It's been emotional: the communication OSCE as a valid measure of medical student’s responsiveness to patient emotion.

Peter leadbetter, H O'Sullivan, I Fletcher

Research output: Contribution to conferencePaper

Abstract

Background and Purpose Few studies have examined the transfer of medical student’s clinical communication skills from the simulated OSCE to patient consultations in Primary care. This is surprising given the centrality of the OSCE in the assessment of medical student communication skills, and consistent calls by researchers and educators to incorporate "authentic" patient encounters in research. This study aims to explore the relationship between 4th year medical student’s emotional responsiveness to simulated patient cues in the OSCE, to their emotional responsiveness to patient cues in the clinical setting (primary care) in 5th year. Methodology 37 medical students were videoed in their final 4th year communication OSCE. The same cohort was then also videoed in several patient consultations each (n=138) in the following 5th placement based year. All videos were micro-coded to analyse medical student’s responses to patient emotional cues with the Verona Consensus Coding Scheme 1. Results Medical students were consistently missing a significant proportion of simulated patient and patient emotional cues in both settings. A significant positive relationship (with a large effect size) was also found between medical students responsiveness to simulated patient emotional cues in the OSCE and patient emotional cues in the clinical setting (primary care). Discussion and Conclusions This 4th year communication OSCE is a valid measure of medical student’s responsiveness to patient emotion in the clinical setting (primary care). This provides some support for the notion that the OSCE clinical communication rating sheet adopted at the University of Liverpool, can adequately differentiate between medical students who respond to patient emotion and those who fail to 3 / 6 respond to patient emotion. The presentation will also discuss the potential use of behavioural coding schemes in the training of medical students. References 1. Del Piccolo, L., de Haes, H., Heaven, C., Jansen, J., Verheul, W., Bensing, J., et al. (2011). Development of the Verona coding definitions of emotional sequences to code health providers’ responses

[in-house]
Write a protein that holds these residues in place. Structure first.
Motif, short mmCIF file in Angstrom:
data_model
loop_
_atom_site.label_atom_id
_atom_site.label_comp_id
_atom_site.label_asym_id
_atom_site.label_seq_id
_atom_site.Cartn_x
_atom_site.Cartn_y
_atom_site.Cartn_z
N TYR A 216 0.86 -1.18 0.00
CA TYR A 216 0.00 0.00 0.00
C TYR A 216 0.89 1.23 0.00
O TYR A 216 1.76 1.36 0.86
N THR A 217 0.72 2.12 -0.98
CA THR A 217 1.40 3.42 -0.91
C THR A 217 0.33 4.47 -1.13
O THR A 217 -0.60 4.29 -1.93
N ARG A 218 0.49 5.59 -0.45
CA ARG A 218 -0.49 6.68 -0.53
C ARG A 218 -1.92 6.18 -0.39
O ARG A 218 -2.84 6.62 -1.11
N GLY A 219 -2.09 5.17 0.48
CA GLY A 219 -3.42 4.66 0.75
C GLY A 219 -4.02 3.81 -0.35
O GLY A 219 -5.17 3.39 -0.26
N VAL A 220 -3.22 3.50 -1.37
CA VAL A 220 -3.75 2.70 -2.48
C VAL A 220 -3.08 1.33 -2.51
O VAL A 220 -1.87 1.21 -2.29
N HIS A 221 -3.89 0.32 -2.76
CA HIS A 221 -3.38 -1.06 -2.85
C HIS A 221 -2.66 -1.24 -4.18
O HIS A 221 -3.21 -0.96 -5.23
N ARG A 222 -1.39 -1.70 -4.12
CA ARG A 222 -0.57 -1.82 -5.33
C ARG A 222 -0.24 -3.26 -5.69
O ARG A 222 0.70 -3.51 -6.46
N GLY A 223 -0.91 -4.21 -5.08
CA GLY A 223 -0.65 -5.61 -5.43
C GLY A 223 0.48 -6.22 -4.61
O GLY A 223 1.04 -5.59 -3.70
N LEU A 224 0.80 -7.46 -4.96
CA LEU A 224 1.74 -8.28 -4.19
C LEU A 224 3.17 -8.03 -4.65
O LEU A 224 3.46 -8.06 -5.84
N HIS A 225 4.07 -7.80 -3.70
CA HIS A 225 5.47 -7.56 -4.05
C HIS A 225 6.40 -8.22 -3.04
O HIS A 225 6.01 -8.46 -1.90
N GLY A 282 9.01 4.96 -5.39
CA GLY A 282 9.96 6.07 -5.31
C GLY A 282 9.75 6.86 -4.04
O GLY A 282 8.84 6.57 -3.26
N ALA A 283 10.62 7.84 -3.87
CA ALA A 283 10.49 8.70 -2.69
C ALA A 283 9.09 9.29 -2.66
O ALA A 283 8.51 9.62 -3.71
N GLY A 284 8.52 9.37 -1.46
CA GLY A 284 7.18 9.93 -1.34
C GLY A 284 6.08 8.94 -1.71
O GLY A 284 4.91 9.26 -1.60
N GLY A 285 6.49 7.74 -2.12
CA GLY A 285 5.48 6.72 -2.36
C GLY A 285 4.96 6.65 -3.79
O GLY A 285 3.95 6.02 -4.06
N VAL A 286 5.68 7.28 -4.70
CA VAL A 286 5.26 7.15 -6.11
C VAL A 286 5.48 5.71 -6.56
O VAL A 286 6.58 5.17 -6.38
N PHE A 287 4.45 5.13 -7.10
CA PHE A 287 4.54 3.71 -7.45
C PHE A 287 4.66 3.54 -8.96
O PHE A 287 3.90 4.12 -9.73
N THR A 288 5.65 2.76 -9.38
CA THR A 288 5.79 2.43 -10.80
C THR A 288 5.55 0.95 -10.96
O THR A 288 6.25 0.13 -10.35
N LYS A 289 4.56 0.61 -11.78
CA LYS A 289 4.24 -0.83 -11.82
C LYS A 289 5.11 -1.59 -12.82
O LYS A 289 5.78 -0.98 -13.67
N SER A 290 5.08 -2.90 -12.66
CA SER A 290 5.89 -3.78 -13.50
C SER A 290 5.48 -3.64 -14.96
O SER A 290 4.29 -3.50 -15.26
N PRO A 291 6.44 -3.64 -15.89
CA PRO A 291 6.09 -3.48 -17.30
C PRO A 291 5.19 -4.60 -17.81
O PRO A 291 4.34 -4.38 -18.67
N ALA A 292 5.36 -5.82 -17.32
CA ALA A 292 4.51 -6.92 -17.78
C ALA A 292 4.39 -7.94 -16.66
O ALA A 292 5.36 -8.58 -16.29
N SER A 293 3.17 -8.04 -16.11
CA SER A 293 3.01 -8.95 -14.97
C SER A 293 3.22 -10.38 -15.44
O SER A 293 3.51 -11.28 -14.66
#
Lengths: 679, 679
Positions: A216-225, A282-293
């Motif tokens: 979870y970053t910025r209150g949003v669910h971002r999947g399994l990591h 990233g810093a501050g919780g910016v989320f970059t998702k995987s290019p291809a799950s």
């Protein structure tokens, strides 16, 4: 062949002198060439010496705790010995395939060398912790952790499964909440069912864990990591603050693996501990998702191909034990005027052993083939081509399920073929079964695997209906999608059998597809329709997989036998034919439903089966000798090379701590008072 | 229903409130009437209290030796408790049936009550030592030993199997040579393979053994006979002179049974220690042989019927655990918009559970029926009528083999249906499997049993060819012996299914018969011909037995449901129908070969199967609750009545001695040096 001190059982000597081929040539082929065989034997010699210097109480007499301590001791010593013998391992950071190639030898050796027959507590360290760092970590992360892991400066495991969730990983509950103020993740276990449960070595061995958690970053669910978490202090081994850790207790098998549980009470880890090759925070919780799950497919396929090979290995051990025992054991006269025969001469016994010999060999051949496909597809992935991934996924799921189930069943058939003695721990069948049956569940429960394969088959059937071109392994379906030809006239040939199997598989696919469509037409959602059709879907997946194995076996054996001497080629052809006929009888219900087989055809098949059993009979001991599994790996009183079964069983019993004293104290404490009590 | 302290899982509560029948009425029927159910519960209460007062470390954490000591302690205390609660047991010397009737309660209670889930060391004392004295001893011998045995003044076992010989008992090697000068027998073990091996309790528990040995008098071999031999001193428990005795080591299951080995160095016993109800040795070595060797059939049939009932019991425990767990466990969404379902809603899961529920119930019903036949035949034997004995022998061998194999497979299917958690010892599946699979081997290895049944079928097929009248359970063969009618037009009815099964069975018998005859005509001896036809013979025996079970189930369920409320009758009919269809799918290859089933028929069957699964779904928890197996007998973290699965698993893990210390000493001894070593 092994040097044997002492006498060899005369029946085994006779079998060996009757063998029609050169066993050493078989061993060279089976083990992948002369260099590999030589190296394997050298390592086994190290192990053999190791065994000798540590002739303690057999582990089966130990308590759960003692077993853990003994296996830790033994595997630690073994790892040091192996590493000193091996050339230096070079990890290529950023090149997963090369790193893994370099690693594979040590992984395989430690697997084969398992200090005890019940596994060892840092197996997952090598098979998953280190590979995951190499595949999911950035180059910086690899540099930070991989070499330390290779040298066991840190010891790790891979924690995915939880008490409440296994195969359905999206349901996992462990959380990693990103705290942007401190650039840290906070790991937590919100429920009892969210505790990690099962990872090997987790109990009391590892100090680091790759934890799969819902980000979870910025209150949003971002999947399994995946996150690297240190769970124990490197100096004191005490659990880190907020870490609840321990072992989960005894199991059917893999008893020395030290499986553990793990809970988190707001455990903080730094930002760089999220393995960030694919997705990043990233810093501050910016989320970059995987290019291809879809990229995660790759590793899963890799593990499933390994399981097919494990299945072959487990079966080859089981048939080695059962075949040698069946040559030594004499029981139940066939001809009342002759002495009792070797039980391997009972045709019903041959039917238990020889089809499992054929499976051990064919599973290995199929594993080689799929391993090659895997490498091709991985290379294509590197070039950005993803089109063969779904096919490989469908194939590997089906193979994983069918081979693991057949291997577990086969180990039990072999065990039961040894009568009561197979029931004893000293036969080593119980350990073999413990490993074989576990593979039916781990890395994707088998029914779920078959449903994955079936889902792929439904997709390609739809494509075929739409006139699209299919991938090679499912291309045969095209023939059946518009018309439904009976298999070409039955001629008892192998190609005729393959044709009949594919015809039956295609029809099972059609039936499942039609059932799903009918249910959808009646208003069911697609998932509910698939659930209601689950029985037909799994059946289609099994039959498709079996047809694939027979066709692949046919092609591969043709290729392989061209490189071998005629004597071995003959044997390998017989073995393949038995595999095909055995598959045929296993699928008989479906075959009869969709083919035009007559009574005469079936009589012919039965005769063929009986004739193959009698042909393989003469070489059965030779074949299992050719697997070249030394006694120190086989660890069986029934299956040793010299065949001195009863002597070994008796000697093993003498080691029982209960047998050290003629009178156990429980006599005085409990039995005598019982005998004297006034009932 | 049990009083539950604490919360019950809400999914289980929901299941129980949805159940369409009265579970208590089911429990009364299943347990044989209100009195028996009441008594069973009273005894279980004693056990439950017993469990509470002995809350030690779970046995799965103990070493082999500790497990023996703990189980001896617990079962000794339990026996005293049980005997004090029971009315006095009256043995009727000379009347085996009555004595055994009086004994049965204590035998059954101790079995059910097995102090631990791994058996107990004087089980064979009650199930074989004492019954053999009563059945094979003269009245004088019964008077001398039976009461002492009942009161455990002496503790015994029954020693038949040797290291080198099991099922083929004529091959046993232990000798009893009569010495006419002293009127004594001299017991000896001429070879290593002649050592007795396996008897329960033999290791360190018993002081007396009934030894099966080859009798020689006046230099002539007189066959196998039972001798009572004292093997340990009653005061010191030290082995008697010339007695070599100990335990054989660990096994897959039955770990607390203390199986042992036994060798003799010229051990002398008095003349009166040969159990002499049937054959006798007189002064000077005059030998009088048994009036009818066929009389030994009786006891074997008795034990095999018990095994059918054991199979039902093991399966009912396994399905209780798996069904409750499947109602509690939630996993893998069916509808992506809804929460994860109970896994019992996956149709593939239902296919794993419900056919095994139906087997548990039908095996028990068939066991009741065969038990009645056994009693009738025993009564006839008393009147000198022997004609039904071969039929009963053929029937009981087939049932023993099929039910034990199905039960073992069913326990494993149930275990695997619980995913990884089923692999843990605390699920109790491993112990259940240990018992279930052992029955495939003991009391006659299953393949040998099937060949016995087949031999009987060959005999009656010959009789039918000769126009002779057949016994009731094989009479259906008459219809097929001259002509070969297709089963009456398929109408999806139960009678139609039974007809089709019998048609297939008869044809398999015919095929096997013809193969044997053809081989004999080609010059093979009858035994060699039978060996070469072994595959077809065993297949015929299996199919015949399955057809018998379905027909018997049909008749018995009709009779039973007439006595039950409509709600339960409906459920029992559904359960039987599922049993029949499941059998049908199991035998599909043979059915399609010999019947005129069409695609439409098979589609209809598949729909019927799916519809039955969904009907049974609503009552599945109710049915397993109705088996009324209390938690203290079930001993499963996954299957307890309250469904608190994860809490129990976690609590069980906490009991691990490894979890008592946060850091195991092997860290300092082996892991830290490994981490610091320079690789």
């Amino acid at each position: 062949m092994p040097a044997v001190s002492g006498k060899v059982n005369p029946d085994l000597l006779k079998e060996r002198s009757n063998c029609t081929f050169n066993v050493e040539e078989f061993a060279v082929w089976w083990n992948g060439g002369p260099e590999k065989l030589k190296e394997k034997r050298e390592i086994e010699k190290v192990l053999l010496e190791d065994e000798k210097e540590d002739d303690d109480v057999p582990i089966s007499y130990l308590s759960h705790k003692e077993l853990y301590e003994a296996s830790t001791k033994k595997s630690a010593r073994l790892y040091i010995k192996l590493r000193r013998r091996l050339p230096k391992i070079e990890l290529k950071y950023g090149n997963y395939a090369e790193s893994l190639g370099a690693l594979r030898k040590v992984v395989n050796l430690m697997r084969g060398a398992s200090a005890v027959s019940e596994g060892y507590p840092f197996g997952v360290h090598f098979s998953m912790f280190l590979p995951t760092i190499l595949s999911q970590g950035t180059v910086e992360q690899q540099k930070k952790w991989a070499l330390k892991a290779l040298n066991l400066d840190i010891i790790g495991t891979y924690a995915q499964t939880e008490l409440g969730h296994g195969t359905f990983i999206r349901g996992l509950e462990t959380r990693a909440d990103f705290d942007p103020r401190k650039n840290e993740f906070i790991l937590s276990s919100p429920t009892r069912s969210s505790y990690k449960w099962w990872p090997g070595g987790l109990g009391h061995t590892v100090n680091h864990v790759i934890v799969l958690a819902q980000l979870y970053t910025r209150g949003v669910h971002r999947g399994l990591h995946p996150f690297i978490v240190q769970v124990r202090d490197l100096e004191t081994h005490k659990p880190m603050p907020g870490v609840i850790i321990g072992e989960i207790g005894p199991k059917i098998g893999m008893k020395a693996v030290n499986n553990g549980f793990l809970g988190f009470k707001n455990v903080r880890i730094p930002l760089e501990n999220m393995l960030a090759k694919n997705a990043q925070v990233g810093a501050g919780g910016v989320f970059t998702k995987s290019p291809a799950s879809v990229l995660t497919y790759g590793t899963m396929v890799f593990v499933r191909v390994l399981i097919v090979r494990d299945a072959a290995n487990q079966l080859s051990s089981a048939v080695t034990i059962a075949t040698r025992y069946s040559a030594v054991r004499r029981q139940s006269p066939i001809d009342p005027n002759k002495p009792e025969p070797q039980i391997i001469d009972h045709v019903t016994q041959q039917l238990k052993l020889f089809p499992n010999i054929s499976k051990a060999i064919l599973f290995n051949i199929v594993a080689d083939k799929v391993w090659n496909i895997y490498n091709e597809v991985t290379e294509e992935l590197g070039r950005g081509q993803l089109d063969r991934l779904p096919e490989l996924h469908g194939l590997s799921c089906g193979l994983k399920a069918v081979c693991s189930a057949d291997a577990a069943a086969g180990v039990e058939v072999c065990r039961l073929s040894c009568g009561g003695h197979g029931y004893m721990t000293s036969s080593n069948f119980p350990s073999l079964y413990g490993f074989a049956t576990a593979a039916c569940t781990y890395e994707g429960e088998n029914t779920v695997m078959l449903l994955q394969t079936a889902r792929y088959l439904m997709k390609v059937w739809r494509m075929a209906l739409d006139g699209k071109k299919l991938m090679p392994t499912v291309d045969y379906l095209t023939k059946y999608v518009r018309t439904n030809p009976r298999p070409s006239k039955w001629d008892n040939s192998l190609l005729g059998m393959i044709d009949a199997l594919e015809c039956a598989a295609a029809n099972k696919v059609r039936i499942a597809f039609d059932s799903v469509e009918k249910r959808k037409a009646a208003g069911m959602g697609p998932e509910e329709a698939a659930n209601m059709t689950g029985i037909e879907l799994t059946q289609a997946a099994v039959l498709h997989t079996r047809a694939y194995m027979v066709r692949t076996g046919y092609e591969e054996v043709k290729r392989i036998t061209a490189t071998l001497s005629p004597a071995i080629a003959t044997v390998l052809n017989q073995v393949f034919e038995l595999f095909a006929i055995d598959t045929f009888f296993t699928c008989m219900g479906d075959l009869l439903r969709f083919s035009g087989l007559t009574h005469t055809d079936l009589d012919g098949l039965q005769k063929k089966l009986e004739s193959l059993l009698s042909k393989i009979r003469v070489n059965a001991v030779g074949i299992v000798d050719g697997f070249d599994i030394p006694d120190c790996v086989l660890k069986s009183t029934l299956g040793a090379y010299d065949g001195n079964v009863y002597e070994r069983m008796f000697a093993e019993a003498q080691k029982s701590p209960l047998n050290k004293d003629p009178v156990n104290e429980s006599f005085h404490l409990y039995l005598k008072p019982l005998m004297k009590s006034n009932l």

Original languageEnglish
Publication statusAccepted/In press - 1 May 2015
EventAssociation for the Study of Medical Education (ASME) Annual Scientific Meeting - London, United Kingdom
Duration: 18 Nov 201523 Jun 2017

Conference

ConferenceAssociation for the Study of Medical Education (ASME) Annual Scientific Meeting
CountryUnited Kingdom
CityLondon
Period18/11/1523/06/17

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    leadbetter, P., O'Sullivan, H., & Fletcher, I. (Accepted/In press). It's been emotional: the communication OSCE as a valid measure of medical student’s responsiveness to patient emotion.. Paper presented at Association for the Study of Medical Education (ASME) Annual Scientific Meeting, London, United Kingdom. https://www.asme.org.uk/conferences/past-conferences/annual-scientific-meeting-15th-17th-july-2015.html